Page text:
As the ravaging effects of the COVID-19 pandemic continue to unfold, the next wave of this calamity is beginning to swell: litigation. Already, there has been an uptick in workers’ compensation filings by employees who seek benefits for Corona-related illness they claim to have developed during the course and scope of their jobs. The cruise industry in particular has likewise taken a hit. As we have seen played out on the news, some carriers have lost their port of call privileges, stranding not only their ships, but thousands of passengers and crew who have been prohibited form disembarking for fear of spreading the virus. The sudden deprivation of civil liberties is fertile ground for legal action. Also, at least one cruise operator is the target of a class action lawsuit by crewmembers who allege that they have been unreasonably exposed to health risks by their employer’s failure to implement adequate protections against infection.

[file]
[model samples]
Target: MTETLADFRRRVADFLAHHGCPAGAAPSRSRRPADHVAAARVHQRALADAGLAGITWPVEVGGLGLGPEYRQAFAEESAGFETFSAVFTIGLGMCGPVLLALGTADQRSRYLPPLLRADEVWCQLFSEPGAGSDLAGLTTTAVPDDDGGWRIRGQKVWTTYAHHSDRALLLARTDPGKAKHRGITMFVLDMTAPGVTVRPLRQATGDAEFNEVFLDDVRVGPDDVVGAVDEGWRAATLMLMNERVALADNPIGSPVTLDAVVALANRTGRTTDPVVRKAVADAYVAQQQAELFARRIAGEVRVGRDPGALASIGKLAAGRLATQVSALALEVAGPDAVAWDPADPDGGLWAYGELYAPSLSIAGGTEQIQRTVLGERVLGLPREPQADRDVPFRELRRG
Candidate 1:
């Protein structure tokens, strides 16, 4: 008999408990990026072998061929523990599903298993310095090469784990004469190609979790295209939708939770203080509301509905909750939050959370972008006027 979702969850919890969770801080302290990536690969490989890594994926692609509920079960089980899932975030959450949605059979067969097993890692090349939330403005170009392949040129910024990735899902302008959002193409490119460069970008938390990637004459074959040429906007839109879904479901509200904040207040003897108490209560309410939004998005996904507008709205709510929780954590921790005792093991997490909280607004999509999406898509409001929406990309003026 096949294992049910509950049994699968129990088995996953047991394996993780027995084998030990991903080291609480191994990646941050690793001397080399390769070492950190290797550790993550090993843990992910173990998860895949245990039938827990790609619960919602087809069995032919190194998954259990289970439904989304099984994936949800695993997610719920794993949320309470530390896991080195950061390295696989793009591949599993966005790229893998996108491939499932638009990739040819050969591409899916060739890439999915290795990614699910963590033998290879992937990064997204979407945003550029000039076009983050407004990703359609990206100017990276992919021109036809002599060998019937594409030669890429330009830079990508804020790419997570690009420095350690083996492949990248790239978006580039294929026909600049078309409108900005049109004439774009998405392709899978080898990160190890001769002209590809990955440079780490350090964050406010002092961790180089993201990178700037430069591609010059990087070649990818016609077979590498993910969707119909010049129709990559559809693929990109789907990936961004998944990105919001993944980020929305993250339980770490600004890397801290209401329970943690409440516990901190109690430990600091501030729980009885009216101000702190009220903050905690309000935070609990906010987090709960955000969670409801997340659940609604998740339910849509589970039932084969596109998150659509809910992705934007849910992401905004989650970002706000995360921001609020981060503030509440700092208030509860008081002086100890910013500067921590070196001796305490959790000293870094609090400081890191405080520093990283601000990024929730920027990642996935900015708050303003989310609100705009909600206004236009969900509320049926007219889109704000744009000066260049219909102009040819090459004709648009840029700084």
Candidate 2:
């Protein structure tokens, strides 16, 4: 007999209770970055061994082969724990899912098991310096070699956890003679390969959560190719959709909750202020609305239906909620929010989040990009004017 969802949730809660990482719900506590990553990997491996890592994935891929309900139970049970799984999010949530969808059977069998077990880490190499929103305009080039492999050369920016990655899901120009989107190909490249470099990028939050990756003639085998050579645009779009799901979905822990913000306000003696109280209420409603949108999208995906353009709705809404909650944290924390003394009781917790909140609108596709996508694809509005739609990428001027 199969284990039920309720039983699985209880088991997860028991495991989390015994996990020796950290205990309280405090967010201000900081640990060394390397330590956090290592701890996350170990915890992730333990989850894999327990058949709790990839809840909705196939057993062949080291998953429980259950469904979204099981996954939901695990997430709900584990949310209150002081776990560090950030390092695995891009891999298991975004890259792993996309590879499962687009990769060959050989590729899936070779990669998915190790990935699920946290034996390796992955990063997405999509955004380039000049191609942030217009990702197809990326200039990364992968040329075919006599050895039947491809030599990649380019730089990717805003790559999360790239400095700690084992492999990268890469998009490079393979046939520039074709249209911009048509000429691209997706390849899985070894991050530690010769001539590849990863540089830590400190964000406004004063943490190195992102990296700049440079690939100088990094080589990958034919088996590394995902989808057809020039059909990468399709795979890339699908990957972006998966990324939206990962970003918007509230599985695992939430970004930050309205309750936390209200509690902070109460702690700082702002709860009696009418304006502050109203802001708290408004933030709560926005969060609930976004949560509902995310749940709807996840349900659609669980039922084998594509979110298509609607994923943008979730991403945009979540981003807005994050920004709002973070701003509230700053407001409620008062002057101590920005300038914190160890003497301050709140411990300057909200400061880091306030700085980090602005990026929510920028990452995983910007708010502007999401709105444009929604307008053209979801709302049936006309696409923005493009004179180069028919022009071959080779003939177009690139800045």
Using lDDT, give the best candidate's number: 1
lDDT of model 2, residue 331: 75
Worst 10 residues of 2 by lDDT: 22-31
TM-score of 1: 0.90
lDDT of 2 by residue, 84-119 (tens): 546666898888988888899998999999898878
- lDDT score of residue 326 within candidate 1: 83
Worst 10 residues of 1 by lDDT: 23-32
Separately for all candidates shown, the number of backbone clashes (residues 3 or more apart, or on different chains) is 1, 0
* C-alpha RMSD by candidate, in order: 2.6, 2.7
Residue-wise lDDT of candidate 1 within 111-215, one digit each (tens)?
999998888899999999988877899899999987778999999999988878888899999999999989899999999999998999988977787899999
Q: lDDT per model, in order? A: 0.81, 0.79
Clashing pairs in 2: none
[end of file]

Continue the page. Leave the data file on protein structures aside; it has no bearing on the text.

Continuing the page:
These examples likely represent only the tip of the proverbial iceberg. And because these are uncharted waters, only time will tell how deeply entrenched the court dockets will become with a new strain of legal claims.
To further compound the challenges brought on by this influx of novel legal actions, those serving the judicial system have had to overcome operating at a reduced capacity through “stay-at-home” orders and similar quarantine-related restrictions. Moreover, many of the rules that we lawyers, judges and litigants typically live by have been up- ended. Courts across the country have curtailed operations to handle only the most pressing legal matters. Litigants have seen many rigid deadlines suspended and trials postponed indefinitely. Even more drastically, the legislative and judicial branches in many states have declared that statutes of limitations are “on hold,” effectively granting opportunities to file otherwise time-barred lawsuits.
Because virtually every industry and profession have somehow been impacted by the fallout from the COVID-19 pandemic, none are immune from the legal ramifications that inevitably follow a crisis of this magnitude. But in keeping with the old adage an ounce of prevention is worth a pound of cure, individuals and businesses alike can and should exercise safe work practices and sound judgment to minimize their exposure to further harm from the rising tide of legal liabilities.
This article was originally published in the May 2020 issue of WorkBoat magazine.